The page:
THE cost of the expansion of Kariba South Power Station has escalated after the cash-strapped Zimbabwe Power Company (ZPC) sub-contracted a local transport company called Admire & Sons to supply sand from Karoi to Sinohydro, incurring exorbitantly high fees for the deliveries, it has been established.
By Staff Writer.
Admire & Sons transport company, which is also known as Ebenezer, is now supplying sand to Chinese firm Sinohydro after taking over from Townsend Enterprises Pvt Ltd whose one-year contract expired in December last year.
However, according to sources close to the developments, the company is being paid twice as much as what Townsend used to be paid for the same job.
“The company is being paid about US$120 per cubic metre of sand, while Townsend was charging US$51 prior to the termination of its contract,” said the source.
Townsend was denied a contract renewal after it requested a price increase from the US$51 to US$71 per cubic metre. According to various transporters, ferrying sand from Karoi to Kariba should cost between US$45 to US$60 per cubic metre.
The money paid to Admire & Sons automatically increases the price of the construction of the dam wall from the current US$533 million. It is not the first time the cost of the dam wall has escalated, raising eyebrows and fears of corrupt deals.
In terms of the agreement signed in 2012 between ZPC, a subsidiary of power utility Zesa Holdings, and Sinohydro Corporation, the expansion project was to cost US$355 million.
A loan agreement of US$355 million for the project, located on the south side of Kariba Dam, was signed in November 2013. China Eximbank agreed to finance the project to the tune of US$355 million.
Under the contract, China Eximbank was to avail US$320 million and ZPC was expected to provide about US$35 million for the project.
Due to cost escalations, ZPC is now expected to provide more than US$213 million towards the project instead of the initial US$35 million.
Admire & Sons is getting the sand it delivers for construction of the dam at Badze River, west of Karoi, and is 210 kilometres away from the construction site at the Kariba Dam wall, whereas Townsend would get its sand from Gache Gache river 70 kilometres from the dam wall by road and less across the lake.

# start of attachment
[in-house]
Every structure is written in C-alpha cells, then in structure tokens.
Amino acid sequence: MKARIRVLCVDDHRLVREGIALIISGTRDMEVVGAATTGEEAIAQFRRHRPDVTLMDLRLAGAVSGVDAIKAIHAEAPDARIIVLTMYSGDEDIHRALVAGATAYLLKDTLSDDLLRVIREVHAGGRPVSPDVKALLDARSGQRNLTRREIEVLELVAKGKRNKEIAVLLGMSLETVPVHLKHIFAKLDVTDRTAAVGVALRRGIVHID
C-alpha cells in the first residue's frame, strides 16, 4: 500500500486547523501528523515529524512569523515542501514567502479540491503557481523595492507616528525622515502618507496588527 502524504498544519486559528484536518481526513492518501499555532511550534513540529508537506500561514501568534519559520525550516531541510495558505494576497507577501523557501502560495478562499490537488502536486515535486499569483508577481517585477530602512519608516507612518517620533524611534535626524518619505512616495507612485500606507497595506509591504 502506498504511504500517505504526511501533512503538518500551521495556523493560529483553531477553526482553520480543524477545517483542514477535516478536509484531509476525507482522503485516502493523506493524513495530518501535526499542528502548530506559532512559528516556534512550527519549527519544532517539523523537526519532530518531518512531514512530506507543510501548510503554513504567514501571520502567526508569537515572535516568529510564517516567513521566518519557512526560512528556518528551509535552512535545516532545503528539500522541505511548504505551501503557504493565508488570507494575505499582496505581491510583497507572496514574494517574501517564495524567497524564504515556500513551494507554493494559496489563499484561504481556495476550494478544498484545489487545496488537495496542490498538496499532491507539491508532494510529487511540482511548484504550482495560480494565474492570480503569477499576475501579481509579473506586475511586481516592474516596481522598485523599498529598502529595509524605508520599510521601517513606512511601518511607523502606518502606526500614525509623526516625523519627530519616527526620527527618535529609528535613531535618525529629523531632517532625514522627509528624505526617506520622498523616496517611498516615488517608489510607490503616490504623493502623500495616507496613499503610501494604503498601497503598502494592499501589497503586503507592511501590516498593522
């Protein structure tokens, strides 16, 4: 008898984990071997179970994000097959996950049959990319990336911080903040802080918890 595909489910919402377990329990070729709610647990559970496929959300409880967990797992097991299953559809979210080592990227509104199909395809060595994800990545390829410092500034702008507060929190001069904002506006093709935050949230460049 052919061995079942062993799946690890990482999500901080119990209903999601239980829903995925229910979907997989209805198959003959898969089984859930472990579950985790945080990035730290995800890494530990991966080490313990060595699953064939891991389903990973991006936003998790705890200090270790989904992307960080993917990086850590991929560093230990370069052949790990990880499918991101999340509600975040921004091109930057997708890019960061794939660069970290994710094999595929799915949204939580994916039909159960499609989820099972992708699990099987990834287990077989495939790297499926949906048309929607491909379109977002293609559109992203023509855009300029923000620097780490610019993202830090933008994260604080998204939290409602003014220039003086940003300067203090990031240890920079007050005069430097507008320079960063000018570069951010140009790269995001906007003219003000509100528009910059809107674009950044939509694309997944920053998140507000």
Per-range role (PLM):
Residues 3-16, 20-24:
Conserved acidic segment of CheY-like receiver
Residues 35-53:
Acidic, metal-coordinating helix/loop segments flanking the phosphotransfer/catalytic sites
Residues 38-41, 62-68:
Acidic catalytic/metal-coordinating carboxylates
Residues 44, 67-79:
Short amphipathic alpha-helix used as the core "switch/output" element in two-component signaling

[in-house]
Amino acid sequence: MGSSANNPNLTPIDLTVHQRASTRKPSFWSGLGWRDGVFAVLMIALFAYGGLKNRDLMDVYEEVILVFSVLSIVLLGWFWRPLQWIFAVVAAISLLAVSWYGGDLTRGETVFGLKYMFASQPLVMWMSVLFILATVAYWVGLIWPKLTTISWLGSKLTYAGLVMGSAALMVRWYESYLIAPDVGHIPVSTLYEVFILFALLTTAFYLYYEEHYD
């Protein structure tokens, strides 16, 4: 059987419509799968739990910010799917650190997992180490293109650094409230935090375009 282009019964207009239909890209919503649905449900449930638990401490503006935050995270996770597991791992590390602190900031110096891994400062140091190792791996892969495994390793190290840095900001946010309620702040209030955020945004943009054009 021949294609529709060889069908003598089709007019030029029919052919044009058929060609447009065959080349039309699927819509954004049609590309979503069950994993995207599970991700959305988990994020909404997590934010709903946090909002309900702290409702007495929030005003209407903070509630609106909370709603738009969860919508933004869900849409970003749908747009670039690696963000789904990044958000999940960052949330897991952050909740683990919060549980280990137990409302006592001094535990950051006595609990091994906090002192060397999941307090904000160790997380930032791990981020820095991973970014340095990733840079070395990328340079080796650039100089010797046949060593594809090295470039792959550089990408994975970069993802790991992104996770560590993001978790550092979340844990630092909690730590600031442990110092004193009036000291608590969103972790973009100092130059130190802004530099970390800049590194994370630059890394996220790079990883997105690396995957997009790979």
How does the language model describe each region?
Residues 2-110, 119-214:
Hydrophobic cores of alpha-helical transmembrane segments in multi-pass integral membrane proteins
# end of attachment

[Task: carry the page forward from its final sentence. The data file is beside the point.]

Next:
Residents in Karoi are complaining that the Chinese firm Sinohydro contracted people to poach sand at Badze River, resulting in siltation and environmental degradation.
The residents are also complaining that Admire & Sons is transporting heavy loads of sand 420 kilometres to and from Badze River daily, badly damaging their roads.
It is understood that the Admire & Sons transport company routinely transports 120 tonnes/80 cubic metres per day. The trucks travel from Badze River and go via Magunje growth point-Harare-Chirundu road-Makuti and to its final destination Kariba, apparently making the road inaccessible to small vehicles as it is now littered with patches and potholes.
Sources close to the developments told this paper that Admire & Sons is transporting sand from Badze River to Sinohydro without proper documentation, such as permits from the Environmental Management Agency (Ema).
However, Admire & Sons proprietor Admire Ushewokunze said it is not his company’s obligation to get a permit from the Ema as his company is only transporting the sand.
“According to the Rural District Council Act, all natural resources belong to council. We are just transporting the sand from Badze River; it is not us who are supposed to get permission from Ema,” Ushewokunze said yesterday.
“As for how much we are being paid for our services, I can tell you that the cost is acceptable to the contactor, but due to my contractual obligations I cannot tell you the exact prices. I can, however, confirm to you that we have been working with Sinohydro for more than three years now.”
Ushewokunze said his company was delivering sand to Sinohydro before Townsend came into the picture, before its contract was terminated and later on activated. After Townsend’s contract expired, Admire & Sons was then asked to immediately start supplying sand again.
Townsend owner Chris Hokonya said Sinohydro and ZPC had treated them unfairly as they refused to increase their cost charges despite numerous attempts to engage them.
“The water levels declined and the lake coastline receded from where we were getting sand, so we had to move a further 16 kilometres from the construction site which meant that transportation costs of the sand automatically rose,” said Hokonya.
“I can tell you that since April last year, we engaged Sinohydro and explained why we wanted an increase, but no progress was made up until the expiry of our contract, which is not fair because we ended up using more than we were paid and yet now they are willing to pay someone else double what we used to get for the same job.”
ZPC spokesperson Fadzai Chisveto could not be reached for comment as her mobile was unavailable and questions sent to her on email had not yet been responded to by the time of going to print.